a paper on a new approach to geo-replicated, distributed data stores (PDF). The paper, authored by researchers from Princeton University, Intel Labs, and Carnegie Mellon University, proposes a new consistency model for wide-area storage.Here's a little Thanksgiving reading for you while you're digesting that fourth helping of pie:
The idea is to provide an infrastructure that can support major Internet services. That might entail tens of data centers, each one having a set of application servers and data stores for those systems.
As the paper notes "a distributed storage system has multiple, sometimes competing, goals: availability, low latency, and partition tolerance to provide an 'always on' user experience; scalability to adapt to increasing load and storage demands; and a supportciently strong consistency model to simplify programming and provide users with the system behavior that they expect."
The system that is being proposed, is called Clusters of Order-Preserving Servers (COPS). According to the post:
Our system, COPS, is a key-value store that delivers this consistency model across the wide-area. A key contribution of COPS is its scalability, which can enforce causal dependencies between keys stored across an entire cluster, rather than a single server like previous systems. Scaling the size of each cluster brings causal consistency to a new set of applications, such as social networks like Facebook and Twitter, whose data is far too large and query rates far too high to be handled by single machine clusters.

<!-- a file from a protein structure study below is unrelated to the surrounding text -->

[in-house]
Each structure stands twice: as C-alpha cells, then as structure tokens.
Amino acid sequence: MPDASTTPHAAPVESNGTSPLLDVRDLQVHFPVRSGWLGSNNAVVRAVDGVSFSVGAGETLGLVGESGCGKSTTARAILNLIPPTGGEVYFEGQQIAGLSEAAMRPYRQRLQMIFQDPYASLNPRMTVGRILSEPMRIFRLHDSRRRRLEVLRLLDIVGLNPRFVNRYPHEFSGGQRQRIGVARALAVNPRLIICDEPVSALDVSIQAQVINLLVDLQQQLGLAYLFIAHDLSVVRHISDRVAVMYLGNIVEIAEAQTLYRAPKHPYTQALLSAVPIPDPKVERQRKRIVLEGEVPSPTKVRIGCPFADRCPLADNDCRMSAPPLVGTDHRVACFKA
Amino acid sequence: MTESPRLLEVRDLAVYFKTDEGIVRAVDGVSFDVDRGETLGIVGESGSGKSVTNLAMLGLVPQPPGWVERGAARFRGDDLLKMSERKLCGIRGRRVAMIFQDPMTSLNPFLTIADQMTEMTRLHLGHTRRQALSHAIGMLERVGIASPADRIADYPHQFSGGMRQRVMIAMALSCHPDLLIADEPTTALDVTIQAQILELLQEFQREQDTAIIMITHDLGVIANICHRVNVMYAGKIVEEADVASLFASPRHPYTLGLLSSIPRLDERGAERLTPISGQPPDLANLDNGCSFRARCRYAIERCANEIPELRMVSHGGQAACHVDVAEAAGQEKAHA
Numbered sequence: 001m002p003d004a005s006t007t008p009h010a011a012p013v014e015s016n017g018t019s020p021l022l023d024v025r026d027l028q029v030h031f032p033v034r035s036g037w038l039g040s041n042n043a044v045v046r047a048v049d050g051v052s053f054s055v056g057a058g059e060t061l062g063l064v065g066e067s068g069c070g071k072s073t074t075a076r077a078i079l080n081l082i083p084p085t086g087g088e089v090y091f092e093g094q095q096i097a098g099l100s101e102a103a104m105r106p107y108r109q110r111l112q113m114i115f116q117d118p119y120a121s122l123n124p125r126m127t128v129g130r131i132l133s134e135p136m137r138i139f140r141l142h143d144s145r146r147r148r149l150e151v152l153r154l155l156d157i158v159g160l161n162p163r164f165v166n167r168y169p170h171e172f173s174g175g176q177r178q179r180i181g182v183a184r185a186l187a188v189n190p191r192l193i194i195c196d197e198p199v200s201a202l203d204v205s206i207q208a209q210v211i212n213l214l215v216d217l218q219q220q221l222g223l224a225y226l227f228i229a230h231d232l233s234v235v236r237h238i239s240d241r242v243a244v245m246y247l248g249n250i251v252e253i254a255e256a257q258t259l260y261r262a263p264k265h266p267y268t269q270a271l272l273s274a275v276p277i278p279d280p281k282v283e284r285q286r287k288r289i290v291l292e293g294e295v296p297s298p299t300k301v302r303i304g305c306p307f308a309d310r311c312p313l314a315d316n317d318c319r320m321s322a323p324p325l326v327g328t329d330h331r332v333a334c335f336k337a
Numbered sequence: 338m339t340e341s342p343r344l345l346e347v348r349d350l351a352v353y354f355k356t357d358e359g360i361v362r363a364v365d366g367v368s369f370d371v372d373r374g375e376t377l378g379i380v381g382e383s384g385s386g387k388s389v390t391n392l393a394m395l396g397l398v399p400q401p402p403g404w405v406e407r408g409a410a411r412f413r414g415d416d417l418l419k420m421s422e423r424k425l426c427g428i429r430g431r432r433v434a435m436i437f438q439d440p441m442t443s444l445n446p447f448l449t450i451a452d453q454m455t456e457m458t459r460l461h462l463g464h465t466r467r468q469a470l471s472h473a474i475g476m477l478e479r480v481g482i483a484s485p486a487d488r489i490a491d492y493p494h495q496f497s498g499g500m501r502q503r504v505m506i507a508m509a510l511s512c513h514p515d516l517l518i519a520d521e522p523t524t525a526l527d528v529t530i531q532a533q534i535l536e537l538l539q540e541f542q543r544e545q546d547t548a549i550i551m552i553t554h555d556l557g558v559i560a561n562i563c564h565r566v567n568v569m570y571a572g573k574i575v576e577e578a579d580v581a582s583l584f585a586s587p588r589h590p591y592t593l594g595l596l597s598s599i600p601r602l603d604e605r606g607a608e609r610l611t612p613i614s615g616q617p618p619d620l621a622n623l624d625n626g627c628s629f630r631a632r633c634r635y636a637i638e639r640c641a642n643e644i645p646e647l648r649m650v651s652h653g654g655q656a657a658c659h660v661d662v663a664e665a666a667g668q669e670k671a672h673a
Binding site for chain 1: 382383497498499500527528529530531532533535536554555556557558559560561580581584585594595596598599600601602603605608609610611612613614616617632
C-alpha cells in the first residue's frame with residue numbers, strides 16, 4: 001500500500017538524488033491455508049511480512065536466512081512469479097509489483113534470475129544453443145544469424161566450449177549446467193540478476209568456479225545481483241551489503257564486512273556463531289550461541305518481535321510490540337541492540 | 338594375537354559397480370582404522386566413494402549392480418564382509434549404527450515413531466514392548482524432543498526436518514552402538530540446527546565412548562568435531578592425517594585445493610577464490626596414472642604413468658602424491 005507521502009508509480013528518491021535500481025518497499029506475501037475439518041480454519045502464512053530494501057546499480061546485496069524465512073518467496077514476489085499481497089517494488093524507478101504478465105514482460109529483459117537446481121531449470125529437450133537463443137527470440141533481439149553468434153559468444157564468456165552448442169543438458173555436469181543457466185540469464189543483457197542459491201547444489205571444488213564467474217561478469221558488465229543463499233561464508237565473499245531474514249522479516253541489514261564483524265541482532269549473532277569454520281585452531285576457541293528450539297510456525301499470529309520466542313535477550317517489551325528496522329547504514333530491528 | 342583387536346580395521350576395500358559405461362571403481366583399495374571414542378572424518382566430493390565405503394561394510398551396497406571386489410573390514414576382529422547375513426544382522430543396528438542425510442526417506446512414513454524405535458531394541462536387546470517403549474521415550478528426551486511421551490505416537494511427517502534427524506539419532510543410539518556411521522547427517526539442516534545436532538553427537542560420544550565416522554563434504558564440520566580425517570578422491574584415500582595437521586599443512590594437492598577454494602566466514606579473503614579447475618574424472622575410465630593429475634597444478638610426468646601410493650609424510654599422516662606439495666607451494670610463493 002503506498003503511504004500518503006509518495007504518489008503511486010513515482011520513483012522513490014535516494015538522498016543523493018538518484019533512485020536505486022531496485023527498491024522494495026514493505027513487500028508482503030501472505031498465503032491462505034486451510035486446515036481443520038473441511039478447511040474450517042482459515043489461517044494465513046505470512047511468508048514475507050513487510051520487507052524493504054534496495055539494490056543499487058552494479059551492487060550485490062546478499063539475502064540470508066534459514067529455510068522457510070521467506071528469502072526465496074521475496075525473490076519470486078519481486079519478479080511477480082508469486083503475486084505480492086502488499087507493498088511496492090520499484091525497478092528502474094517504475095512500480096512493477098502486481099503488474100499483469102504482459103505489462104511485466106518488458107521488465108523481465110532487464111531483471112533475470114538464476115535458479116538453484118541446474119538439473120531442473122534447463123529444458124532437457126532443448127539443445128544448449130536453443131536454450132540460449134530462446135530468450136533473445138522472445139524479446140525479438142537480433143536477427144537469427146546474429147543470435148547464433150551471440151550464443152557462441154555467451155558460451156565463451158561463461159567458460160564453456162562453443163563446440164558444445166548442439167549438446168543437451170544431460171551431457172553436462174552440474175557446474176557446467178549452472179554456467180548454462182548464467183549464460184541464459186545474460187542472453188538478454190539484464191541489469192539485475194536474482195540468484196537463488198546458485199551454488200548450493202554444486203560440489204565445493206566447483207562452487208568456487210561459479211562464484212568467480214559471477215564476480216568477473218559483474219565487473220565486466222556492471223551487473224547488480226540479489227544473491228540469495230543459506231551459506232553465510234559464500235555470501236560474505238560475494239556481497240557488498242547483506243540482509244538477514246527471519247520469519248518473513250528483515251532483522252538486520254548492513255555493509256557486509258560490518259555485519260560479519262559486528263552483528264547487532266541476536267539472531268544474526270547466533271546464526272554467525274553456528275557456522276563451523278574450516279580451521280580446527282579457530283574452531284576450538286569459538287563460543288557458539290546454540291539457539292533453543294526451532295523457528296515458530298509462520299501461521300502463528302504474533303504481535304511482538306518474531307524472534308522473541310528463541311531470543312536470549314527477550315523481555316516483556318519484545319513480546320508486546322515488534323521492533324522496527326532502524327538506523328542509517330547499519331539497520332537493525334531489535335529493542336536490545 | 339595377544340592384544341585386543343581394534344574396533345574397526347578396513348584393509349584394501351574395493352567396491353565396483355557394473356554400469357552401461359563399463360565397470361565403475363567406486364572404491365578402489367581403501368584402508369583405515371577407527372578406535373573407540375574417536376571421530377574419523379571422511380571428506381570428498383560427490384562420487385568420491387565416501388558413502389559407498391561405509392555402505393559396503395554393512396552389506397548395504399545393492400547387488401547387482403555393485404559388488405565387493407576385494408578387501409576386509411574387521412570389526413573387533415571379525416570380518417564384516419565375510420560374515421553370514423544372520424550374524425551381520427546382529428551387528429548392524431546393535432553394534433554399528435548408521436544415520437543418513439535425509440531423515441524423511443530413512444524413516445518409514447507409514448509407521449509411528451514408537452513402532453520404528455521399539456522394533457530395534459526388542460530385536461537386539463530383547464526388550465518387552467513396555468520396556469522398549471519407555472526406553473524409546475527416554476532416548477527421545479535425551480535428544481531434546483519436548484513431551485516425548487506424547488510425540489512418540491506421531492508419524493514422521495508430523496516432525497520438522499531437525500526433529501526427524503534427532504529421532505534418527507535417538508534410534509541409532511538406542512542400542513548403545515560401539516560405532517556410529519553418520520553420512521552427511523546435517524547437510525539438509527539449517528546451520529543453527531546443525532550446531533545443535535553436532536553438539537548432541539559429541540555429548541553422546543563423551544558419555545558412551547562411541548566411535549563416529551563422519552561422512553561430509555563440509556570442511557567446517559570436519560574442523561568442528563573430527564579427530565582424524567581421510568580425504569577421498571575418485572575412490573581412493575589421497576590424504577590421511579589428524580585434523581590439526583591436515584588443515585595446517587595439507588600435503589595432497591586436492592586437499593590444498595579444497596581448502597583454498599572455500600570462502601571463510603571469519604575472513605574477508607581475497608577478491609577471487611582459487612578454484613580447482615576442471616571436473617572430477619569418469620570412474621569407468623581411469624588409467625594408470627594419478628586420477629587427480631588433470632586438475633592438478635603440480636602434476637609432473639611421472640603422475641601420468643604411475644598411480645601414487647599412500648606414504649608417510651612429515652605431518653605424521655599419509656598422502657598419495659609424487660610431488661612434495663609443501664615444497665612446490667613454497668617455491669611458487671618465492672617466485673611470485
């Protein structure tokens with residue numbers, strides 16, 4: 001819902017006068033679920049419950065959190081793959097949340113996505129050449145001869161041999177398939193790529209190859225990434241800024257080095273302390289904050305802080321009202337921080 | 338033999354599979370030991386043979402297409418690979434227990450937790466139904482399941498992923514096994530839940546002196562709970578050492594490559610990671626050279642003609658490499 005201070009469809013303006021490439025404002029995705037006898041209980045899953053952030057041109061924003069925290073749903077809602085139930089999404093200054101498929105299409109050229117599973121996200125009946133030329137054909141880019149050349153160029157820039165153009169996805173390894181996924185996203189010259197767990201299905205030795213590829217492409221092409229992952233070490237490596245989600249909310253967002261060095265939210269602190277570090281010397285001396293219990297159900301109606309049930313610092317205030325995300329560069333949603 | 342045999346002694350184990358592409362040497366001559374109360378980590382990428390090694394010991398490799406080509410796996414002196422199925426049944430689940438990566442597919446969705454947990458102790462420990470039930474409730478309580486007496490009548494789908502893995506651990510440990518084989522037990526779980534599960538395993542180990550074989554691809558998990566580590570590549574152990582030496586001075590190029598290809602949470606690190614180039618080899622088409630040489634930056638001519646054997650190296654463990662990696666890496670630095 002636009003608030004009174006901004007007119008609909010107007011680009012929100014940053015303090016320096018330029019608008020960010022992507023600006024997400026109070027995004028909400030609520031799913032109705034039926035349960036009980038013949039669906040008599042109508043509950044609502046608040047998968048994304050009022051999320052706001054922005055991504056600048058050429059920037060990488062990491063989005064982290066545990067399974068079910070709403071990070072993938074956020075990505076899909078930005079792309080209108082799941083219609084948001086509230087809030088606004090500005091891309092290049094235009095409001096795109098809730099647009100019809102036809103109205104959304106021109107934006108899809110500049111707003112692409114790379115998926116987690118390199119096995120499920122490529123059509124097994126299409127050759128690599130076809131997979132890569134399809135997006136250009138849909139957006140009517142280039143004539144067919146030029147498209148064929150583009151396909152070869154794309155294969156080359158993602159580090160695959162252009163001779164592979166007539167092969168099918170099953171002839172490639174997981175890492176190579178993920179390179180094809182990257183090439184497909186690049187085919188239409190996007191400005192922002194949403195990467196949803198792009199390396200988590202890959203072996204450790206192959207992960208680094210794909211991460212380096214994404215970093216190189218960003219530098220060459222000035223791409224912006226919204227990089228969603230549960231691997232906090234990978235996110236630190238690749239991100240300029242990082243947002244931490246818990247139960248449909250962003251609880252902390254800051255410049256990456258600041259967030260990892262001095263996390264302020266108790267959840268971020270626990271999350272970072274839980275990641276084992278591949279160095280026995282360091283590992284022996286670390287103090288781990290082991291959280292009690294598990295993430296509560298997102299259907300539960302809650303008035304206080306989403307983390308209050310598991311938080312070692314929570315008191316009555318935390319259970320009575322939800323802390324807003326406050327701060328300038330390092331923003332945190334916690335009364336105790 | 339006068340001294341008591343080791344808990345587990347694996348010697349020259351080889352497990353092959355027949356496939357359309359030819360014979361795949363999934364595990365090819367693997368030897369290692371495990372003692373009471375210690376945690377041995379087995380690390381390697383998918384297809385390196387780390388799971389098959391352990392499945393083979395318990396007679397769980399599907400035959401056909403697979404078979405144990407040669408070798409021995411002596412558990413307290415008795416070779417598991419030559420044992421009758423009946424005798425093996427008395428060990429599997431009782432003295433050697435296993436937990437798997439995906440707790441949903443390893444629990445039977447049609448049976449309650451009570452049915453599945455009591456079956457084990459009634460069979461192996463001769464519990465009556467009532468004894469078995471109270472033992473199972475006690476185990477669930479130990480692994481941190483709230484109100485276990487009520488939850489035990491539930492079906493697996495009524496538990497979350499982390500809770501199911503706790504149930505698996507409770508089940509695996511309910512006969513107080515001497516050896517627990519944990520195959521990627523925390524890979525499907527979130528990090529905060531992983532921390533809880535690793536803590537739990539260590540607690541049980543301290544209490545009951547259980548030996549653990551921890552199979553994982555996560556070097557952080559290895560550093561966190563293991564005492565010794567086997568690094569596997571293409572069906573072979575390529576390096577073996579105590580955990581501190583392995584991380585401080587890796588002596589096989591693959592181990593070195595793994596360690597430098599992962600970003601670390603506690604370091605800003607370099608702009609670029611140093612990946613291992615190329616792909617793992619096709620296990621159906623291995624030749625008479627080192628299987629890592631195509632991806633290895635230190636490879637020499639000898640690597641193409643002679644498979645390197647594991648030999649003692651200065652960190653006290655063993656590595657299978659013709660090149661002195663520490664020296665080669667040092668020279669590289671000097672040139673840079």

The central approach in COPS involves explicitly tracking and enforcing causal dependencies between updates. For instance, if you upload a photo and add it to an album, the album update "depends on" the photo addition, and should only be applied after it. Writes in COPS are accepted by a local datacenter that then propagates them to other, remote, datacenters. These remote datacenters check that all dependencies are satisfied by querying other nodes in the cluster before applying writes. This approach differs from traditional causal systems that exchange update logs between replicas. In particular, the COPS approach avoids any single serialization point to collect, transmit, merge, or apply logs. Avoiding single serialization points is a major factor in enabling COPS to scale to large cluster sizes.
The paper is 16 pages, and full of detail. The High Scalability blog has an interesting summary of the paper. At first glance I'd say that we're going to be hearing a lot more about ALPS and COPS.